It is becoming clearer that some form of tax relief will be included in the next state budget, but few details have emerged about any plan to do so.

That includes how much, in what form, for whom, and what income requirements would be included.

On Wednesday, Assembly Speaker Craig Coughlin (D-Woodbridge) said he will "insist on the largest tax relief program in state history," but then offered no details.

Republicans in the legislature have been clamoring for tax relief for weeks amid reports of record tax revenues flowing into the state's coffers. GOP members of the Senate budget committee outlined a proposal simply dubbed "Give it Back." It would return $4.5 billion in excess revenues directly to taxpayers with rebates between $500 and $1,000. A separate measure would provide a $500 tax credit to offset high gas prices.

Republican Senate Budget Officer, Sen. Declan O'Scanlon, issued a statement Thursday saying he and his GOP colleagues would not support any budget "unless four million families receive $1,500 of direct relief this Spring."

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Democrats have slowly started to come on board with the idea of tax relief with updated revenue figures showing tax collections will come in $8 billion higher than estimated.

However, Gov. Phil Murphy's administration is urging caution.

New Jersey State Treasurer Elizabeth Muoio warned of a coming economic downturn that could flip the script and find revenues billions short in the coming years. She suggested keeping more than a proposed $4.5 billion in reserve to deal with coming deficits.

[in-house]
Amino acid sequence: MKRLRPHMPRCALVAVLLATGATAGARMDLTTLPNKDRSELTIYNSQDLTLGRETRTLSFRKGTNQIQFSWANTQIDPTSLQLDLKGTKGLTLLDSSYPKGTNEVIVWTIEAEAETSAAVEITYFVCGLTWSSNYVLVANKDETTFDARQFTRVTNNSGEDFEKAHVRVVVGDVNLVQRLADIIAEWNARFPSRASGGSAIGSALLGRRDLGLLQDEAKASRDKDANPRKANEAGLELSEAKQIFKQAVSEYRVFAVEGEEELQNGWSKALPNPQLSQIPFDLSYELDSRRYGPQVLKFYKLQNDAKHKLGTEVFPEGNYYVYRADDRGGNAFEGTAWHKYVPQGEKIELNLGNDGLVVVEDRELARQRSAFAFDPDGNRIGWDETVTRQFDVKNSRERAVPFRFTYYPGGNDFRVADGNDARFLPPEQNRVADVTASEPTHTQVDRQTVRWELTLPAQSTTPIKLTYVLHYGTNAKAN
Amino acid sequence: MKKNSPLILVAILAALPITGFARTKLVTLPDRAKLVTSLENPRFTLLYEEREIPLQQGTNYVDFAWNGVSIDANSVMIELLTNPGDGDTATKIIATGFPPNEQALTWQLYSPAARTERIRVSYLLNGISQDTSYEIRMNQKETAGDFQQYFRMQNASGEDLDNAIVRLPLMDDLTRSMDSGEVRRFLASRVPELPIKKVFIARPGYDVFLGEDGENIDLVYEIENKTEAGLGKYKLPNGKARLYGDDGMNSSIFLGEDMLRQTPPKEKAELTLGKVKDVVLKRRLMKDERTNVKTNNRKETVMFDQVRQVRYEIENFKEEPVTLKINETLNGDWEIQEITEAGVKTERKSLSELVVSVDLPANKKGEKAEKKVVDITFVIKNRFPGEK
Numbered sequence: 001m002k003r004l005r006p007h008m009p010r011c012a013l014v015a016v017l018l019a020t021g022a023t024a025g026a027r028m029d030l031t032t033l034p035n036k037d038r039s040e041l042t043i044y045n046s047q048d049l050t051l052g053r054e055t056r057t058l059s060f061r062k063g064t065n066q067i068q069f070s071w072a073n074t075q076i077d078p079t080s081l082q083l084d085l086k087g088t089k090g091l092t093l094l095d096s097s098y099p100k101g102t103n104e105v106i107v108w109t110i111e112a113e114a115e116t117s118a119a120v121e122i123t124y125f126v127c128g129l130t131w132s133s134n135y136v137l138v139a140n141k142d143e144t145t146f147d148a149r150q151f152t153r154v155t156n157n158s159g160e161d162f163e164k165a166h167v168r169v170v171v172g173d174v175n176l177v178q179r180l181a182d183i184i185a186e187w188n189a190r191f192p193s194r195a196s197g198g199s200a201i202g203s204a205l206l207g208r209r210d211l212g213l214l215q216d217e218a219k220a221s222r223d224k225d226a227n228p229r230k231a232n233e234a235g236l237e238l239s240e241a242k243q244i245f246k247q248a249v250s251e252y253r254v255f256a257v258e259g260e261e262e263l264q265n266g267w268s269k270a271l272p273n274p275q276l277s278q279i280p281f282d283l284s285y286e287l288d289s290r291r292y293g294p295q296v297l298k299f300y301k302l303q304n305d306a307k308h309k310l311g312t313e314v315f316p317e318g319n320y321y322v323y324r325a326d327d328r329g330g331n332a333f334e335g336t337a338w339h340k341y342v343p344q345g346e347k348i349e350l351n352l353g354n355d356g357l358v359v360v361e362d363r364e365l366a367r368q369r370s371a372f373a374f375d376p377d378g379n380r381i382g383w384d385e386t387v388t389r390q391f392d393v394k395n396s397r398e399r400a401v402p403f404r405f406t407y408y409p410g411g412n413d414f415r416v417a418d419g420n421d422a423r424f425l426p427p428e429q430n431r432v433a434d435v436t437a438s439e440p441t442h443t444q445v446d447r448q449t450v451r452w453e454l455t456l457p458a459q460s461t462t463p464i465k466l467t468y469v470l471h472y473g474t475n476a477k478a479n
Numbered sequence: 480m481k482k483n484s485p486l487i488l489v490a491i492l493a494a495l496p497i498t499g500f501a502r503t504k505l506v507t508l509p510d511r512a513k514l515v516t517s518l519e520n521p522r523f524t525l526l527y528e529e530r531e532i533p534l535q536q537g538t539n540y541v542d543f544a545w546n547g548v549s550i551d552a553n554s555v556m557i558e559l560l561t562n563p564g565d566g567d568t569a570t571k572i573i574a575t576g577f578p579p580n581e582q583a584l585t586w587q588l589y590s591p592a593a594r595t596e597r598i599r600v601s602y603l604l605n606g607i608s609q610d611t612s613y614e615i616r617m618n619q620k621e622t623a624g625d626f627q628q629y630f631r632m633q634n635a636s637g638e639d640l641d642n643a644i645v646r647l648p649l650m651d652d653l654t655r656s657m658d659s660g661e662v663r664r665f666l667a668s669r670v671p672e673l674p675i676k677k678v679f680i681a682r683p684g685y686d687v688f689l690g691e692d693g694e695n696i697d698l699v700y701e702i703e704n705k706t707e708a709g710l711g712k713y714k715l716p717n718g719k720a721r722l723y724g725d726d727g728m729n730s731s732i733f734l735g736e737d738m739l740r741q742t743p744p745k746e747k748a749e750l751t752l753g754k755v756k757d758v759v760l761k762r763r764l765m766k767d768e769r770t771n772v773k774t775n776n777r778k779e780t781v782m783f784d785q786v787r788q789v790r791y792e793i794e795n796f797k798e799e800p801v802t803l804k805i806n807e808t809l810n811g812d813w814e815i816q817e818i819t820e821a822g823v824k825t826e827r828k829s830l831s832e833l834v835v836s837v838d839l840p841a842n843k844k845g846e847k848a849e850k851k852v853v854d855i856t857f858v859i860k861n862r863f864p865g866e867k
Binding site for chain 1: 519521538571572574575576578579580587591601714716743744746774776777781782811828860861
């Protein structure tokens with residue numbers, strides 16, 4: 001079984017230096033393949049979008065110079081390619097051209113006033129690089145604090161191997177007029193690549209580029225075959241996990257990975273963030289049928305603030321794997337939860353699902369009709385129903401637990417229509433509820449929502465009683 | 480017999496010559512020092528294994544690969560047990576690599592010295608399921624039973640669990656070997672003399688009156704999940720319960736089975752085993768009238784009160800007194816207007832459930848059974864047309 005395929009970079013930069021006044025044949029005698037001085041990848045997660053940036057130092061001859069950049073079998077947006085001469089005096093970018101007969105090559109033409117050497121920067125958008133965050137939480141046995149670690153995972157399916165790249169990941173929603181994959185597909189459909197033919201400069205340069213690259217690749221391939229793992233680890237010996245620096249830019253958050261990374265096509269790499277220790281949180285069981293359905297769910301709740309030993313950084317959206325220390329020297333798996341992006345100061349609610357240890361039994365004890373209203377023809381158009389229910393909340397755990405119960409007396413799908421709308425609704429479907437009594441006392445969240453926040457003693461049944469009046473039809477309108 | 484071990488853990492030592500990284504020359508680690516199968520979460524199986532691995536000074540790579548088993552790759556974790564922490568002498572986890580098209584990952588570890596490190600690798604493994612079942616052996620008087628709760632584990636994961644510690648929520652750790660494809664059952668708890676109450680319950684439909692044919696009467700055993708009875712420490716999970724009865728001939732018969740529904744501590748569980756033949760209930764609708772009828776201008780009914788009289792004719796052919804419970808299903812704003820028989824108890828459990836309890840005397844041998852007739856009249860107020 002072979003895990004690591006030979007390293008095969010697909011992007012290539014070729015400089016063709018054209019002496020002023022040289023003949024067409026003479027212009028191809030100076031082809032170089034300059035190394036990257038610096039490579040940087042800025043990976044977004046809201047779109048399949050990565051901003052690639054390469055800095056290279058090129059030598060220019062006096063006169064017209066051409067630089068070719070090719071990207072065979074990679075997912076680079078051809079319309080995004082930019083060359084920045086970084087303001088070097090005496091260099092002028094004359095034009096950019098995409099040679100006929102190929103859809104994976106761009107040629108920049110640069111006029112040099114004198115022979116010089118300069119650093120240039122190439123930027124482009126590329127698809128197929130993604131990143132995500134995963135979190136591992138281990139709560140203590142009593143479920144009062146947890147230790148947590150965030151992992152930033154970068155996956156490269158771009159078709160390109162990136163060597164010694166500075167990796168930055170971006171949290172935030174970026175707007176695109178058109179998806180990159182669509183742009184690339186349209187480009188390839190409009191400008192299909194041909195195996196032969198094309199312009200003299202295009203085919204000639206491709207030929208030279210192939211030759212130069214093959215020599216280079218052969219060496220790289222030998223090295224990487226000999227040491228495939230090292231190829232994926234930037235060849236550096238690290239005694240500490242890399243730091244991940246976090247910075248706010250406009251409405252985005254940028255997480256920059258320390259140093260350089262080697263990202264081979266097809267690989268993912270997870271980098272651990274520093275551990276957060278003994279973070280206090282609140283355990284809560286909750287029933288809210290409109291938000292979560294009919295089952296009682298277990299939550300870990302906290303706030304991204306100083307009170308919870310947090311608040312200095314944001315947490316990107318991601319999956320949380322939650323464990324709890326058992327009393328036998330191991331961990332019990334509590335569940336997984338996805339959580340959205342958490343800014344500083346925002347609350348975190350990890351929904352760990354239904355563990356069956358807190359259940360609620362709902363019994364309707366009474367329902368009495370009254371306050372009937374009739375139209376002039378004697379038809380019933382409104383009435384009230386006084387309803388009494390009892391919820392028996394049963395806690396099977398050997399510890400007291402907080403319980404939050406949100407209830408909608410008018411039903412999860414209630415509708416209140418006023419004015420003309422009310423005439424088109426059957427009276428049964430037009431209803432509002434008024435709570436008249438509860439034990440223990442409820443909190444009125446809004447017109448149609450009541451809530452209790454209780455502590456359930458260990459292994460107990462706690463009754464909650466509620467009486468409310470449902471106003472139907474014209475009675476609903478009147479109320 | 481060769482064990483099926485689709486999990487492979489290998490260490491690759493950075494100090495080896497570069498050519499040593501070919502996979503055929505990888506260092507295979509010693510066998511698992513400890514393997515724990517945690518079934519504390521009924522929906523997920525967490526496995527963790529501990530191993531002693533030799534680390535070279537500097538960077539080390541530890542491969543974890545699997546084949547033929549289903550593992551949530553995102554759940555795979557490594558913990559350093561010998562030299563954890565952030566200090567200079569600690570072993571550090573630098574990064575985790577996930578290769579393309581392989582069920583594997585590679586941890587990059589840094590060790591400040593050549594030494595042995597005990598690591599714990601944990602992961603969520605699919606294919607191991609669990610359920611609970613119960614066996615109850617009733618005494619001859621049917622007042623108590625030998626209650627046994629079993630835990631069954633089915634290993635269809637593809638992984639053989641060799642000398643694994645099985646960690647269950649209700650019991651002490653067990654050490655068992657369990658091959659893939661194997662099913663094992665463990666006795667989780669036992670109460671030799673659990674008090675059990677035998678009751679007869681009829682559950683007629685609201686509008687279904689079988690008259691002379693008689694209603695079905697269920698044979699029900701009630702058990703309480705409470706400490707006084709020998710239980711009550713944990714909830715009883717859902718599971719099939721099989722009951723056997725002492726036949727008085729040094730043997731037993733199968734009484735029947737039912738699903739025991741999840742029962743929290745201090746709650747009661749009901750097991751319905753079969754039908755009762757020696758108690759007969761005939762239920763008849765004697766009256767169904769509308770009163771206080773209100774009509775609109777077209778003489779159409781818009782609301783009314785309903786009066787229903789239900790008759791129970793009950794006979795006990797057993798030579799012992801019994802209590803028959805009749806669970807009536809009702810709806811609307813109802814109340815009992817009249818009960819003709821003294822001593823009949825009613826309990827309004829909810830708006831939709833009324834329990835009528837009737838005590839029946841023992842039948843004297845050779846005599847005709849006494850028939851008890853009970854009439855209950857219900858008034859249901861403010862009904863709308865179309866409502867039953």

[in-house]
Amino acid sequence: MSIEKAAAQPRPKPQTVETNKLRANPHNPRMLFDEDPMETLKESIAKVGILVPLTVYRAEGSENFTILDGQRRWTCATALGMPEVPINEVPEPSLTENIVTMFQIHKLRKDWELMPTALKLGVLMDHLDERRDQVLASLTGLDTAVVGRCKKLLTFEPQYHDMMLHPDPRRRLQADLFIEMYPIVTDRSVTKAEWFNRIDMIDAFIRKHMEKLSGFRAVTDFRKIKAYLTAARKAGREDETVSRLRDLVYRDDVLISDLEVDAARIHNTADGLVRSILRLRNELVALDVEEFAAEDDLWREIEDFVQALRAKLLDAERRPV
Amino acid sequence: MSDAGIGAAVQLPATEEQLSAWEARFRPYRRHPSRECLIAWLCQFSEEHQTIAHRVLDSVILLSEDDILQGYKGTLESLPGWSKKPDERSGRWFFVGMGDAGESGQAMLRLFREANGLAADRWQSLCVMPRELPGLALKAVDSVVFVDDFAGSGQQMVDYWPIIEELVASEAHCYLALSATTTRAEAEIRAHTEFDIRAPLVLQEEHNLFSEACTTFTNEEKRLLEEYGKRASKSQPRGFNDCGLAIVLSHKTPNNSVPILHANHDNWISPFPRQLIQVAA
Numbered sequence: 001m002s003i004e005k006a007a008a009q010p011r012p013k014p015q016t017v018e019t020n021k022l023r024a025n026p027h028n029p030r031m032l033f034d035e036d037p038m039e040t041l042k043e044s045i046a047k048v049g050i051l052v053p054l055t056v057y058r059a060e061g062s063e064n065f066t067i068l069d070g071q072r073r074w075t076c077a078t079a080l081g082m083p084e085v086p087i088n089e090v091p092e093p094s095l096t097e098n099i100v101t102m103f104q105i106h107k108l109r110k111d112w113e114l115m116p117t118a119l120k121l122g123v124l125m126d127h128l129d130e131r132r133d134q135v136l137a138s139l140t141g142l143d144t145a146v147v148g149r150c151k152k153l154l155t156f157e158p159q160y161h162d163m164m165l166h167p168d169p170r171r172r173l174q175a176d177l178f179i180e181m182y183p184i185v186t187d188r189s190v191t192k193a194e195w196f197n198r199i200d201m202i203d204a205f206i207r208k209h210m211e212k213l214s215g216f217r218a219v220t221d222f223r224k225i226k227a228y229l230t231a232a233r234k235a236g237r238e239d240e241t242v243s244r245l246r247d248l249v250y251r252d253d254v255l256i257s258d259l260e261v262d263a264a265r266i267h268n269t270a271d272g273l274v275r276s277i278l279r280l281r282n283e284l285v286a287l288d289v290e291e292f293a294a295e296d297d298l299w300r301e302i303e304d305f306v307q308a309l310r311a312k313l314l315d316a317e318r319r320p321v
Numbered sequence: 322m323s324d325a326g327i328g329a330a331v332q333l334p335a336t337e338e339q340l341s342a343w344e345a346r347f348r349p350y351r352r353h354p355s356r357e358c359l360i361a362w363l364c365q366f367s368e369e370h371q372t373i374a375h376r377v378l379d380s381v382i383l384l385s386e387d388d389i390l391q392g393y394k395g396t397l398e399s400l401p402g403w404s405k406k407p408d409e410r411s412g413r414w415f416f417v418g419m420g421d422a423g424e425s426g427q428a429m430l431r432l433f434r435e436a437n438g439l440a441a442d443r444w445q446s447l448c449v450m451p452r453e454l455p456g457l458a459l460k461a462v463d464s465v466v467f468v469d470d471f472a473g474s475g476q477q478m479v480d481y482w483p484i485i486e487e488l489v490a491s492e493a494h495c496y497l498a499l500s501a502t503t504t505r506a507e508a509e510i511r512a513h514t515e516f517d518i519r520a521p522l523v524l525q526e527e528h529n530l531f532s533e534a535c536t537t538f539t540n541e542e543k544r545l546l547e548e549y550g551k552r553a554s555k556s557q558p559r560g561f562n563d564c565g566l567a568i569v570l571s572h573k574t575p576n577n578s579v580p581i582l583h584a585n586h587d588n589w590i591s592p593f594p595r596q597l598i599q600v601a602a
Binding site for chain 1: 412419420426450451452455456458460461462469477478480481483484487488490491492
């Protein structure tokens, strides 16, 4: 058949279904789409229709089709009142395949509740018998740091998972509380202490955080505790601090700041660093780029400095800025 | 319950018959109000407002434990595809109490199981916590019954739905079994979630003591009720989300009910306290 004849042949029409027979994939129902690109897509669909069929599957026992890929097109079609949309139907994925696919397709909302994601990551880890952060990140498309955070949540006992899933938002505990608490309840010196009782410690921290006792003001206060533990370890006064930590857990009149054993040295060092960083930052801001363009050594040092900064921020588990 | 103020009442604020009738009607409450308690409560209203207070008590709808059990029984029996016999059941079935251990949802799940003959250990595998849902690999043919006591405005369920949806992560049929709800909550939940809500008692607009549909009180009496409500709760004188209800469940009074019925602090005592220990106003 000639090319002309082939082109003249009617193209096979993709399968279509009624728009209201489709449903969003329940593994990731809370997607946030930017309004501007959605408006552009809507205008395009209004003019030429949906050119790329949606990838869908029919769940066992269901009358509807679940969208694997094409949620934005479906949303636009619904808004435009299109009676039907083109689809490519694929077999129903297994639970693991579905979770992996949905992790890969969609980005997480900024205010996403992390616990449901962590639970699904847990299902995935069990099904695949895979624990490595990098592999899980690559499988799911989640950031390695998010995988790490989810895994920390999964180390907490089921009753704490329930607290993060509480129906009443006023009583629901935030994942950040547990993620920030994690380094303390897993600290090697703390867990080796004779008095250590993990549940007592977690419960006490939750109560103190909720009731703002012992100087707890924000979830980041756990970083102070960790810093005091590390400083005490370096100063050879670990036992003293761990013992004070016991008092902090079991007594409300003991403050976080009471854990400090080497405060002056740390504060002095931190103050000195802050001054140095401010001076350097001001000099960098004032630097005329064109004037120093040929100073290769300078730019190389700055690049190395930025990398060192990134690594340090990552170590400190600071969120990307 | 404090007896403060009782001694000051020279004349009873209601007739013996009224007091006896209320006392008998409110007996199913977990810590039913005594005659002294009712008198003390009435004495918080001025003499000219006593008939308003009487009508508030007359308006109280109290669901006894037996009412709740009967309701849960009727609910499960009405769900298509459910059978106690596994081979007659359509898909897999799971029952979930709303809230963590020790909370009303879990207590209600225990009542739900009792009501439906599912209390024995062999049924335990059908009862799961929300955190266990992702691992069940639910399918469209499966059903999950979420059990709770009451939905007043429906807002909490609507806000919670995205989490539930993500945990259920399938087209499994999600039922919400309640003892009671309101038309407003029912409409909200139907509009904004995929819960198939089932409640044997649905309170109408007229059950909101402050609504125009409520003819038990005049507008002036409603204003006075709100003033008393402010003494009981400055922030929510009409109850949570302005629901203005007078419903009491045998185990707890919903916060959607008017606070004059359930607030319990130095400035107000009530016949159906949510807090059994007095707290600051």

In testimony before lawmakers, Muoio said the cash windfall "will clearly serve as a temptation," but warned revenues could end up $10 billion short over the next two years.

With budget testimony wrapped up this week, negotiations between lawmakers and Murphy now begin to develop a final spending plan by July 1.

Every NJ city and town's municipal tax bill, ranked

A little less than 30 cents of every $1 in property taxes charged in New Jersey support municipal services provided by cities, towns, townships, boroughs and villages. Statewide, the average municipal-only tax bill in 2021 was $2,725, but that varied widely from more than $13,000 in Tavistock to nothing in three townships. In addition to $9.22 billion in municipal purpose taxes, special taxing districts that in some places provide municipal services such as fire protection, garbage collection or economic development levied $323.8 million in 2021.

School aid for all New Jersey districts for 2022-23

The state Department of Education announced district-level school aid figures for the 2022-23 school year on Thursday, March 10, 2022. They're listed below, alphabetically by county. For additional details from the NJDOE, including specific categories of aid, click here.